Six key pro-Western Gulf Arab states have called on the United States to stop threatening Syria in the wake of the war in Iraq.
Ties between the US and Syria have long been strained
The Gulf Co-operation Council (GCC) - whose members control nearly half the world's known oil reserves - also said that setting up a transitional government in US-occupied Iraq was an urgent priority.
US officials have accused Syria of harbouring members of the former Iraqi regime and developing weapons of mass destruction - allegations that Damascus denies.
Economic and diplomatic sanctions have been threatened, and some US Government spokesmen have refused to rule out military action.
Tuesday saw US Defence Secretary Donald Rumsfeld confirm that a pipeline supplying Iraqi oil to Syria, apparently in contravention of United Nations sanctions, had been "shut off".
Later, US officials said a former leading member of the Iraqi intelligence service, Farouk Hijazi, was believed to be in Syria.
Correspondents say Mr Hijazi was a director of the Iraqi intelligence agency in the 1990s when it is alleged to have carried out a failed attempt to assassinate the then US President George Bush - father of the current president.
In other developments:
- US Central Command says its special forces in the Iraqi capital Baghdad have captured Abu Abbas, leader of Palestinian hijackers who seized an Italian cruise ship in the Mediterranean in 1985
- The UN could be sidelined for a second time over Iraq unless Security Council members co-operate on the country's post-war future, British Foreign Secretary Jack Straw warns
- US forces deny responsibility for the deaths of up to 15 people in a shooting incident in the northern Iraqi city of Mosul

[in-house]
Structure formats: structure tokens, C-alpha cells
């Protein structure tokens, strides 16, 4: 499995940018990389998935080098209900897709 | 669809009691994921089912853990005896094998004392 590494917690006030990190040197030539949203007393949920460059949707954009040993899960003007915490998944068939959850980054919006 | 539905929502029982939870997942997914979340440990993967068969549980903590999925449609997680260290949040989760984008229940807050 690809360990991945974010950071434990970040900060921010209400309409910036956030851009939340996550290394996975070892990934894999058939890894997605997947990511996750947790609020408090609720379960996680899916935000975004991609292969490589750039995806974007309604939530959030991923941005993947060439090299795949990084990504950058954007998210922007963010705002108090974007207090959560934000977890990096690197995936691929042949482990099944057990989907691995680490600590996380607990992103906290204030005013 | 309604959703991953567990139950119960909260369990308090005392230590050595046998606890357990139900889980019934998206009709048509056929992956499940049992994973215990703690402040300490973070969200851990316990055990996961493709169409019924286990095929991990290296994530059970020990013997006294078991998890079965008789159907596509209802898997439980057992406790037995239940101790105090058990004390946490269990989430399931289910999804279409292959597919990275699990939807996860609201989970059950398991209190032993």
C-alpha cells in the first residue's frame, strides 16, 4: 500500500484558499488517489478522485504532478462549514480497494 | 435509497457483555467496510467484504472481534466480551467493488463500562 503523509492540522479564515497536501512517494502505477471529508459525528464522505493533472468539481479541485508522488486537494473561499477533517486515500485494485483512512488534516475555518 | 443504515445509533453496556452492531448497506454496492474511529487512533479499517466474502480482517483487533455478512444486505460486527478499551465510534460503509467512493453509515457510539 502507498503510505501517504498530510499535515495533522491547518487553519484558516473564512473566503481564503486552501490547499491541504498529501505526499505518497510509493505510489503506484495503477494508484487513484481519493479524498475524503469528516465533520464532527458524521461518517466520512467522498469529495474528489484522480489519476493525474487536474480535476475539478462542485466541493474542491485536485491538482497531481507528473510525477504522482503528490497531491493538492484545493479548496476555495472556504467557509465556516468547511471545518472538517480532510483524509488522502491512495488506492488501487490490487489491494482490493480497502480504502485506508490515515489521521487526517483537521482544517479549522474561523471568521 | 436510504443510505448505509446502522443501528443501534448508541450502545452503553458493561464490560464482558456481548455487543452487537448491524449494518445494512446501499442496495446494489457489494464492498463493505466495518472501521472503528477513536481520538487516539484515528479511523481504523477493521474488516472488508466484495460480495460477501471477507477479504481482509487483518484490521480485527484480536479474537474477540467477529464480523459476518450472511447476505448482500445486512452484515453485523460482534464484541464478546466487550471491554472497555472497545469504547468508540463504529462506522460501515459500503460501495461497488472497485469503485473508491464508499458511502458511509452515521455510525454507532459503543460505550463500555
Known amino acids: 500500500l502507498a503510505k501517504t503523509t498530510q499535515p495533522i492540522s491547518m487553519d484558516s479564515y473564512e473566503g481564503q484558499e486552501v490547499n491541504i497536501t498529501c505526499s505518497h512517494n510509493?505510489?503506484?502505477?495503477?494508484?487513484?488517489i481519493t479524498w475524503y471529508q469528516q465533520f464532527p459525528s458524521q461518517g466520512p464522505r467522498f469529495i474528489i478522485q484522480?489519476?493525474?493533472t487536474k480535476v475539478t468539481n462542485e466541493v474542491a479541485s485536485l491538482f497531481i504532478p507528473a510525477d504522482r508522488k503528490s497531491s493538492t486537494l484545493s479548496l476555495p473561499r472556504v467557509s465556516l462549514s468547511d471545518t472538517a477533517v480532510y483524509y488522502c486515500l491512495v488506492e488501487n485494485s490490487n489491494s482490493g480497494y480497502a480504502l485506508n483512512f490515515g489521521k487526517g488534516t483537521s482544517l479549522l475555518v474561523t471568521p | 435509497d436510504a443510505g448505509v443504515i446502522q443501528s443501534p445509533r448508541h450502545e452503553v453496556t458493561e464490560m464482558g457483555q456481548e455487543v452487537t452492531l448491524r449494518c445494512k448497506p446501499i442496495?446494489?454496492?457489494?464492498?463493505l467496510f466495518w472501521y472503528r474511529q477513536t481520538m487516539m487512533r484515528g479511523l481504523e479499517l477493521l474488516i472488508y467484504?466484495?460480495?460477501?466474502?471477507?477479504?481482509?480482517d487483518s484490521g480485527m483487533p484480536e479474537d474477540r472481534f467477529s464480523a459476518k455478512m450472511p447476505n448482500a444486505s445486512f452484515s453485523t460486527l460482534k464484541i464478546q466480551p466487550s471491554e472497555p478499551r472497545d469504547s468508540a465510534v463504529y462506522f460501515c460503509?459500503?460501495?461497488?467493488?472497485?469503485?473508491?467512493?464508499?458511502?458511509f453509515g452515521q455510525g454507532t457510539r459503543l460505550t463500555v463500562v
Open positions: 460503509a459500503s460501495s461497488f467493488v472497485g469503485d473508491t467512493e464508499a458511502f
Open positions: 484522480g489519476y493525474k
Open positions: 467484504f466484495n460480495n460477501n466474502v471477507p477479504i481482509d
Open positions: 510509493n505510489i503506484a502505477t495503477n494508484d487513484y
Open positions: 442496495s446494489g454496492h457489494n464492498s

- Amnesty International accuses the US and UK of putting more effort into securing Iraq's oilfields than into protecting its hospitals, water supplies and people
- Returning exiles and local leaders attend the first US-sponsored meeting aimed at setting up a new Iraqi administration.
Speaking for the Gulf Co-operation Council, Qatari Foreign Minister Sheikh Hamad bin Jassim al-Thani urged the US to moderate its tone against Syria.
United Arab Emirates
"We think the threat to Syria should stop. We reject any infringement of Syria's security," he said.
He added that the council "now considers Iraq occupied and we hope there will be a civil administration of the Iraqi people as soon as possible".
"The creation of an Iraqi transitional government is very important because the Iraqi people won't accept a government from outside for very long," he said.
'No war plan'
US Secretary of State Colin Powell has insisted that Washington has no intention of attacking any other countries in the Middle East.
"There is no war plan right now to go attack someone else," he said.
But he added that the US was expecting to see change in Syria.
"We hope that Syria understands now that there is a new environment in the region with the end of the regime of Saddam Hussein, and that Syria will reconsider its policies of past years," he said.
Rumsfeld has accused the Syrians of supplying the Iraqi military
Ties between the US and Syria have long been strained by US support for Israel and Syria's backing of the Lebanese group Hezbollah and radical Palestinian groups, which Washington considers terrorist organisations.
A statement released by the Syrian Government on Tuesday condemned US "threats and falsifications", saying that the "escalated language of threats and accusations by some American officials against Syria" was aimed at "damaging its steadfastness".
"The cabinet rejected these accusations and allegations and saw them as a response to Israeli stimulus and a service to its [Israel's] goals and expansive greed," the statement added.
And in an apparent response to the US accusations, Syria is preparing to introduce a resolution at the UN Security Council on Wednesday, calling for the Middle East to be declared a "zone free of weapons of mass destruction" - a clear reference to Israel's nuclear weapons programme.
The Arab League ambassador to the UN, Yahya Mahmassani, said US allegations against Syria were "unacceptable and unfounded".
"The Arab world is already engulfed with anger and frustration," he said.
Both the UK and Spain, crucial US allies in the war in Iraq, have declined to support the US over Syria.
UN Secretary General Kofi Annan has expressed concern that recent statements about Syria may further destabilise the Middle East.